George Scialabba

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George Scialabba (born 1948) is a freelance book critic living in Cambridge, Massachusetts. His reviews have appeared in Agni, The Boston Globe, Dissent, the Virginia Quarterly Review, The Nation, The American Prospect, and many other publications. Scialabba received the first Nona Balakian Excellence in Reviewing Award from the National Book Critics Circle.

Scialabba was born and raised in East Boston, MA to working-class Italian-American parents and, in his younger days, was a member of Opus Dei.[1] He is an alumnus of Harvard University (AB, 1969) and Columbia University (MA, 1972). After working as a substitute teacher and a social worker (Massachusetts Department of Public Welfare, 1974–1980), he was a building manager at Harvard from 1980 until 2015.[2][3] In 2015, after retiring from Harvard, he began writing a books column for The Baffler.[3]

A collection of his reviews appeared in his first book, Divided Mind, published in 2006 by Arrowsmith Press. Four subsequent collections of his essays have been published by poet William Corbett's publishing house, Pressed Wafer: What Are Intellectuals Good For? (2009), The Modern Predicament (2011), For the Republic (2013), and Low Dishonest Decades: Essays & Reviews, 1980-2015. The Modern Predicament was chosen by James Wood in The New Yorker's year-end roundup of the best books of the year:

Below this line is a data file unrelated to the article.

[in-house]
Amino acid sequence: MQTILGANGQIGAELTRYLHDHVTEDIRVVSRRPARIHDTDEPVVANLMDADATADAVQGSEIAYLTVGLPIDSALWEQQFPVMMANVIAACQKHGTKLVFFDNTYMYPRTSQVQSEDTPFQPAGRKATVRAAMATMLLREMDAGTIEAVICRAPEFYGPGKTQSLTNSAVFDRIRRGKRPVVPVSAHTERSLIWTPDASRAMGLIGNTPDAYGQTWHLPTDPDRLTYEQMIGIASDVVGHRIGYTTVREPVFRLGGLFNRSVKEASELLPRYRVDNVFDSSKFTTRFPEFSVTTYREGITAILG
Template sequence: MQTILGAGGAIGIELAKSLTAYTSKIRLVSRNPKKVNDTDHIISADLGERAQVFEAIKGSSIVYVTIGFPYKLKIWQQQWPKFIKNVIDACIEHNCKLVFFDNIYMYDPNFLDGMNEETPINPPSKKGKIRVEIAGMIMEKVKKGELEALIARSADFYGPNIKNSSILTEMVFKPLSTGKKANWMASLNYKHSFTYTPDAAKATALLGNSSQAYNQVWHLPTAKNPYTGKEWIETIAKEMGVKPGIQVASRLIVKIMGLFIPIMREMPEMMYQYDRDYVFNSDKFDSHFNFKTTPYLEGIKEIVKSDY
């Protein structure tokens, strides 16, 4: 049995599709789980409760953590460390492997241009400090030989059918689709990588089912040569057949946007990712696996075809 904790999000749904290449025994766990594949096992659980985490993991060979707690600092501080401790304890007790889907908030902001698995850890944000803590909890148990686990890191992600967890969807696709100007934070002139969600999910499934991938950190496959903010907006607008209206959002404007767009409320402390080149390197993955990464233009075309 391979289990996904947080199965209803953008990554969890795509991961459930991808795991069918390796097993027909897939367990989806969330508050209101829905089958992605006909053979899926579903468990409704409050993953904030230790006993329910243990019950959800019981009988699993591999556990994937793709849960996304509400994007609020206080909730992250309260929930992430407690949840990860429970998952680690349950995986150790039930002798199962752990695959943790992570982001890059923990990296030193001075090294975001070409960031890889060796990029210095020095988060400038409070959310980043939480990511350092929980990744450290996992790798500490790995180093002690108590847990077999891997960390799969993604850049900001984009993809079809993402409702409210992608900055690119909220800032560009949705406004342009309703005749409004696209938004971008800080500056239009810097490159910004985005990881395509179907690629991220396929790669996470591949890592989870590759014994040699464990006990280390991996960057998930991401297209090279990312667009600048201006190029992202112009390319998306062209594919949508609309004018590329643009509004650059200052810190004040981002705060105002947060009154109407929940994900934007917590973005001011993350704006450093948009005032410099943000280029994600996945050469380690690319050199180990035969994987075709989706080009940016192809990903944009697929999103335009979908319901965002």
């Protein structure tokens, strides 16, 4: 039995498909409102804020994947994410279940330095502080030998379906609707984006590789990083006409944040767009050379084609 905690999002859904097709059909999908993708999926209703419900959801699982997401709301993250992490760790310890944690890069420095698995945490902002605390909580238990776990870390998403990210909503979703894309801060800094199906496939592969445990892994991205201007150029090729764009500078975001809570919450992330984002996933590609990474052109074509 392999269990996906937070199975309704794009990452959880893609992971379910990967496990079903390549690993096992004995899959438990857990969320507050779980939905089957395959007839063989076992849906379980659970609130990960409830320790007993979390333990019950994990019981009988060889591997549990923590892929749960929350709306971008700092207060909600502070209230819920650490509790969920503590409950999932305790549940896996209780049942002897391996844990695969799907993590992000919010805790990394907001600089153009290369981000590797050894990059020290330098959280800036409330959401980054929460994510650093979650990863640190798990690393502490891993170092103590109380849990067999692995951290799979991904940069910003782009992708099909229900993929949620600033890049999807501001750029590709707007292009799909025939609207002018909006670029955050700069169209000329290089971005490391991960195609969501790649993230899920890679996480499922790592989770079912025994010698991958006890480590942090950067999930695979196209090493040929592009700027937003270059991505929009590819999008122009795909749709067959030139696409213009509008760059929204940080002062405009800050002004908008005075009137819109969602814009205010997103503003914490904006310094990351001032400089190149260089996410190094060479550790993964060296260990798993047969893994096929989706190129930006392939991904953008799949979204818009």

he has an enviably wide range: he writes superbly here about D. H. Lawrence, the philosopher Charles Taylor, about Michel Foucault, Philip Rieff, Kierkegaard, and many others. Scialabba was a member of Opus Dei, and subsequently lost his faith under the pressure of ordinary, secular education (at Harvard, in the late sixties and early seventies). This background equips him to be a shrewd, learned, undogmatic guide to contemporary debates about theology and postmodernity.[1]

Further reading[edit]


  1. ^ a b Wood, James. "The Year in Reading: Teju Cole, Alice Oswald, Kierkegaard". The New Yorker. Retrieved 2014-06-24.
  2. ^ Proyect, Louis (June 7, 2013). "George Scialabba: The Best Since Gore Vidal". Counterpunch. Retrieved 22 July 2016.
  3. ^ a b A Critic's Critic Quits His Day Job By Craig Lambert, October 7, 2015, The Chronicle Review

External links[edit]